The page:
Fiber optic cables. Bedazzling, arent they?
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  • Fiber optic cables. Bedazzling, aren't they?

Okay, so, officially, nothing's changed. Seattle still has a big digital divide—expensive, slow Internet service mostly from two huge corporations, Comcast and CenturyLink, with resulting disparities in Internet access among minorities and certain parts of the city.

And the Murray administration still says it's "exploring" a city-run broadband option, but also "exploring" a public-private partnership or reducing regulations on private companies.

Still, it's hard not to feel that this afternoon, deep in the bowels of City Hall, municipal broadband in Seattle gained some momentum. In a luncheon/presentation, a technology advocate named Christopher Mitchell, the Director of the Community Broadband Networks Initiative, unleashed a geyser of information supporting the case for Seattle taking the municipal broadband route. He's traveled the country helping cities get these networks off the ground.

Here's my Cliffnotes version: Municipal broadband networks (let's call it muni-net for short) are not easy to set up. For a city like Seattle, it would mean upfront costs of hundreds of millions of dollars, comparable to the cost of a new sports stadium, Mitchell says. Some cities have tried and failed. And it means going up against the likes of giants like Comcast and CenturyLink, who will fight at every turn against new competition with finely honed scare tactics. Municipal broadband requires a lot of community outreach and clear marketing.

The benefits, however, are potentially huge. Over time, a municipal broadband network would pressure the big telecoms, and almost certainly force them, to step up their speeds and lower their prices. Muni-net would do more to serve the areas that those companies currently do not. It would help enshrine Internet access as a vital basic service to which citizens are entitled.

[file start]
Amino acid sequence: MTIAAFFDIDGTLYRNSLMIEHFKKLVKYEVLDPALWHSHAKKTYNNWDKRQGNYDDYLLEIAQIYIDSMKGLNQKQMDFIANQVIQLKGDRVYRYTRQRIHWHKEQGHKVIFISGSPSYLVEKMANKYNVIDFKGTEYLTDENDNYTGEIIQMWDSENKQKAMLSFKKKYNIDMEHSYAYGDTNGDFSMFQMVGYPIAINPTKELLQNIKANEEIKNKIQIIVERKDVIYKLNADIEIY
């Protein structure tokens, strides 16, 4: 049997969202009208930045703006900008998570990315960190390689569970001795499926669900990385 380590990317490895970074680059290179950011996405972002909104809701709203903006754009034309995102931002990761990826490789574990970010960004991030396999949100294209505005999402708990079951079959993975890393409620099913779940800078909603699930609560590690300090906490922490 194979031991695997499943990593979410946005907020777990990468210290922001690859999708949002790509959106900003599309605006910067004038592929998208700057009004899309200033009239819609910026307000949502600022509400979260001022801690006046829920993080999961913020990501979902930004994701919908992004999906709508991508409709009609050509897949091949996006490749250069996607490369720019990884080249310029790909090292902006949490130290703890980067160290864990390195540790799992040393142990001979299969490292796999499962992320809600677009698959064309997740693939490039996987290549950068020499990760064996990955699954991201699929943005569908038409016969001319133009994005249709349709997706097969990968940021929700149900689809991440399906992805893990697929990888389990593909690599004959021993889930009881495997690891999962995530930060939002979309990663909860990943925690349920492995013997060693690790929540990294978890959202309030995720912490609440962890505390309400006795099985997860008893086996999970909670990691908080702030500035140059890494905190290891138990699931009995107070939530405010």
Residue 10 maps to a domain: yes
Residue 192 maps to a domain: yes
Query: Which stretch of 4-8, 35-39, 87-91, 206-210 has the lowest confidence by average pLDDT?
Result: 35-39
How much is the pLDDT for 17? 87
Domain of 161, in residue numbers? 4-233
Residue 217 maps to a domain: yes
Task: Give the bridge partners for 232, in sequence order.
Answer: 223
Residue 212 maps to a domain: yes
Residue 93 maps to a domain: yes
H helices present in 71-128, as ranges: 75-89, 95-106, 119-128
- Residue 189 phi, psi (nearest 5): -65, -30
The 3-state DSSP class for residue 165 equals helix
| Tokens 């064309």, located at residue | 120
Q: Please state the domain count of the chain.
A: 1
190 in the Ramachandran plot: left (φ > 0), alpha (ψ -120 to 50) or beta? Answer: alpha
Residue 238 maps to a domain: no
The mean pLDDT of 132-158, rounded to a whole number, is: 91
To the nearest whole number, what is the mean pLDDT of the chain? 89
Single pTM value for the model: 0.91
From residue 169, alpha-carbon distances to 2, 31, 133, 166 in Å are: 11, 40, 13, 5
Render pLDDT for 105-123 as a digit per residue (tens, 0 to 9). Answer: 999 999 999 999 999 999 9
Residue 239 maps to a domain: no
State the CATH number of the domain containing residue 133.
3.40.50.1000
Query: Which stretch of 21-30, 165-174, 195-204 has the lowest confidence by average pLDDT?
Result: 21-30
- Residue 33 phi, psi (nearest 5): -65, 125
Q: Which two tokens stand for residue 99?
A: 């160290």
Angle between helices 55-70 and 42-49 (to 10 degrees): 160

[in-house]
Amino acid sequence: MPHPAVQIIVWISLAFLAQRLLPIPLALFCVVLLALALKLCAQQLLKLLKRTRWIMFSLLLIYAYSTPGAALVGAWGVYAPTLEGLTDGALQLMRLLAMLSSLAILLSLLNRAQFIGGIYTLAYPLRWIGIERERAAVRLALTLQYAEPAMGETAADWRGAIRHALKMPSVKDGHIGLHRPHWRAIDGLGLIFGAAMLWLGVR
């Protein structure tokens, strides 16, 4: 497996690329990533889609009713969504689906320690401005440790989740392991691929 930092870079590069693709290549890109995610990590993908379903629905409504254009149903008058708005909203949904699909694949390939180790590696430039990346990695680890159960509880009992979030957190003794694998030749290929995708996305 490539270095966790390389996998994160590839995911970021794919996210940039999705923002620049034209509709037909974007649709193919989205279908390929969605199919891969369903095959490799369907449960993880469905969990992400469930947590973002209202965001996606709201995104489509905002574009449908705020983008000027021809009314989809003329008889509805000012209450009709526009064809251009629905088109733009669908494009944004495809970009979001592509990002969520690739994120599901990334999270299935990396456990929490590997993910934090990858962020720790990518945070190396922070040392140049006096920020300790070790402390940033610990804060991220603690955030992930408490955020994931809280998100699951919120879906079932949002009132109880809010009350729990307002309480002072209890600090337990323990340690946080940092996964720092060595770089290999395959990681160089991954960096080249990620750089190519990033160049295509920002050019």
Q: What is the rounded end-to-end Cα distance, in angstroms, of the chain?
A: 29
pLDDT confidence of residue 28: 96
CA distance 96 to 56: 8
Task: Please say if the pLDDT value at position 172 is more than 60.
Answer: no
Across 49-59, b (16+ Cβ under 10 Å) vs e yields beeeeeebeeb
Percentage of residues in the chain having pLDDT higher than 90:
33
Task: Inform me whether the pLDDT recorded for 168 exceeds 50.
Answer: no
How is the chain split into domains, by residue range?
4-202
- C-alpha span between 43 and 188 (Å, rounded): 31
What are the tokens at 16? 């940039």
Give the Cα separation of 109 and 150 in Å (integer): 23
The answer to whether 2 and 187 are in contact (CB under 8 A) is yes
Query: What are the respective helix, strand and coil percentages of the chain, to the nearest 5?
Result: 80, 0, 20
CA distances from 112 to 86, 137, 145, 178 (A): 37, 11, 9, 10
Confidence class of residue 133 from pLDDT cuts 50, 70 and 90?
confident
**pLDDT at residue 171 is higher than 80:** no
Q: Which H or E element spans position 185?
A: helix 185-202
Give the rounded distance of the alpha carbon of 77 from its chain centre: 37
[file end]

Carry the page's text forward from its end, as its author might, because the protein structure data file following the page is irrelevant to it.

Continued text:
Over time, the price for service would stay consistent instead of constantly going up. If successful—and these networks do have a track record of success, despite the telecom industry's claims, in places like Chattanooga and several smaller cities—muni-nets will more than compensate for the startup costs and even add revenue to the city's budget. "Chattanooga had Comcast running for the hills," Mitchell says.

So where do we start? Mitchell suggests the city start a municipal broadband pilot project, in order to "make mistakes that you can learn from before they hurt you."

But he also says citizens and businesses who are unhappy with the existing Internet choices need to demand it. It's hard for government officials to go up against big companies, on their own, with an unconventional policy that has a long-term, delayed payoff. If they're able to point to popular demand, that strengthens their hand.

"I'm very excited about the possibilities of this," said Ben Krokower, the President of the Citizens Telecommunications and Technology Advisory Board (CTTAB), which organized the meeting, on his way out. (That's an official citizen advisory group, Mayor Murray! You like to listen to those, right?)

Also in the room, absorbing a quite a bit of smack-talk about Comcast's shitty service from Mitchell and the audience, were Michael Mattmiller, the city's new Chief Technology Officer, Tony Perez from the city's Cable Office (which negotiates Comcast's franchise renewal with the city), and other CTTAB members.

Laury Kenton, a web developer and member of the Association of Women in Computing, came to the event on her own time. It's silly that Tacoma already offers a form of municipal broadband and Seattle doesn't, she complained. "My concern is we're just going to keep waiting and waiting and it's never going to happen."

Mitchell will present again tonight at 6:30 p.m. at the Bertha Knight Landes room on the ground floor at City Hall. If you can make it, go.